A new study provides additional evidence of the link between employee training and development programs and employee loyalty. John Baldoni, in the blog he writes for Fast Company magazine, summarizes some of the findings from 2007 Walker Loyalty Report for Loyalty in the Workplace. This report presents findings from an online survey of 2,950 full and part-time employees working in business, government, and non-profit organizations of 50 or more employees. The Walker study found that 36% of employees are likely to leave their organizations within the next two years. This is an increase from the 31% found in 2005 (However, given the margin of error, it is probably not a significant increase.)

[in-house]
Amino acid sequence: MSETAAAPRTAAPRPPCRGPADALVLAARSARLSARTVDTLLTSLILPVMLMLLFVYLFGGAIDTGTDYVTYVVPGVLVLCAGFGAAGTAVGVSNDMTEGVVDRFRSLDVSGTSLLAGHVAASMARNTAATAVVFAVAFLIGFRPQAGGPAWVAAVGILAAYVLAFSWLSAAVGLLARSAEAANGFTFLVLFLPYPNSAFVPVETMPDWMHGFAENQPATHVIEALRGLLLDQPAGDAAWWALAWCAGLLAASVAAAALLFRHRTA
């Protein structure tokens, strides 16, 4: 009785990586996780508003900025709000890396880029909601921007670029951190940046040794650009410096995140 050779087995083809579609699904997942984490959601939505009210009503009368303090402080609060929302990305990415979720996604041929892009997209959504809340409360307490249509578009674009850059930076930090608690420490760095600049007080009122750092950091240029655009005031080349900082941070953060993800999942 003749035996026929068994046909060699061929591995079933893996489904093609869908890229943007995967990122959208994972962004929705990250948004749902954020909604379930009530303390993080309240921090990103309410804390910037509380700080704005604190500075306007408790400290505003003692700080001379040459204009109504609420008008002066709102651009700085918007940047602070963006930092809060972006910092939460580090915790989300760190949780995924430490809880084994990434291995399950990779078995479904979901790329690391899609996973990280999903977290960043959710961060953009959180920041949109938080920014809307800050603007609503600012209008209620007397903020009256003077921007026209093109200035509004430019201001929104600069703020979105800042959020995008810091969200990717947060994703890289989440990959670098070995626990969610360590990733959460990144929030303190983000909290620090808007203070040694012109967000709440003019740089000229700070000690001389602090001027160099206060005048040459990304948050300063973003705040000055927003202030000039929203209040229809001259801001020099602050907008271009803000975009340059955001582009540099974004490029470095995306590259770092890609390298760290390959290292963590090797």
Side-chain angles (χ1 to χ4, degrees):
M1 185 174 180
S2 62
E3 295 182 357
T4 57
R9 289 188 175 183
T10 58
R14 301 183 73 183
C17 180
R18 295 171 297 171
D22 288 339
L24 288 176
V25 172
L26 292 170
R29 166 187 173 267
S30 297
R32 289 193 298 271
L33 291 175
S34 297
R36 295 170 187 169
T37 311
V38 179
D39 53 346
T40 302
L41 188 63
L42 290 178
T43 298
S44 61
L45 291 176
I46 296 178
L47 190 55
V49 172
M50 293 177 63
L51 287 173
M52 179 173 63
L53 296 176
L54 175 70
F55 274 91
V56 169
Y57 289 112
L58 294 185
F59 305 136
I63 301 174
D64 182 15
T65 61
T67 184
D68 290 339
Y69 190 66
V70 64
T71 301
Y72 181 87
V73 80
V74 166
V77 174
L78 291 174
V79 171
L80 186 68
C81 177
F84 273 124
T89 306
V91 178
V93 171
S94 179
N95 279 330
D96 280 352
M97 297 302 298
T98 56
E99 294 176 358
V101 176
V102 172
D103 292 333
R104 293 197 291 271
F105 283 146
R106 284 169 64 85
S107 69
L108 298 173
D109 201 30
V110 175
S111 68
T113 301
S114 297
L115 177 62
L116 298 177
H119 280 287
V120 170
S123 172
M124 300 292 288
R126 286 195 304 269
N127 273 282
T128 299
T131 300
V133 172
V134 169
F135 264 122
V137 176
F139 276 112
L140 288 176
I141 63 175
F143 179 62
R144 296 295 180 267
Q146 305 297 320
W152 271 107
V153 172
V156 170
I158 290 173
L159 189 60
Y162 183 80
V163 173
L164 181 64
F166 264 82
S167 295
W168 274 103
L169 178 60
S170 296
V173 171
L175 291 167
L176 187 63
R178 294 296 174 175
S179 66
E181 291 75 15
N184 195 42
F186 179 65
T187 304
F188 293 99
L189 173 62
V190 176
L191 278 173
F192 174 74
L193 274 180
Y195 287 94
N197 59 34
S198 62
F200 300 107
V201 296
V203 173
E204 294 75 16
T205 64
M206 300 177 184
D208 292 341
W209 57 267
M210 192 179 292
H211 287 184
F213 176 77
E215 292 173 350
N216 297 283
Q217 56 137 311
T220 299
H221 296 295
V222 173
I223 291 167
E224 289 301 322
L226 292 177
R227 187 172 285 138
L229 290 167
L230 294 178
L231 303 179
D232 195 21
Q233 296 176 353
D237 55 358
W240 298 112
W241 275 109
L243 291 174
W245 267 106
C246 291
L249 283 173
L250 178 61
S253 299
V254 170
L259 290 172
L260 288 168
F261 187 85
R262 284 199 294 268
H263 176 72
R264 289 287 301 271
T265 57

Baldoni’s analysis emphasizes the importance that trust plays in building employee loyalty. He describes how leaders must earn the trust of employees by actually doing what they say they will do, by putting their teams above their own accomplishments, and by accepting responsibility when things go wrong. I couldn’t agree more. To this I would add the critical importance of encouraging and supporting the development of employees. Respondents to the Walker survey ranked “development opportunity” high on their lists of loyalty drivers. This is what I have found in my interviews with hundreds of employees over the past few years. No matter what level in the organization, when bosses give employees opportunities to develop competencies that will help them perform better in their current jobs or position them for a promotion, those employees feel better about themselves and better about the organization. The explicit message is: we want you to develop your capabilities for your future with us. The implicit message is: we care about you; you are important to us.

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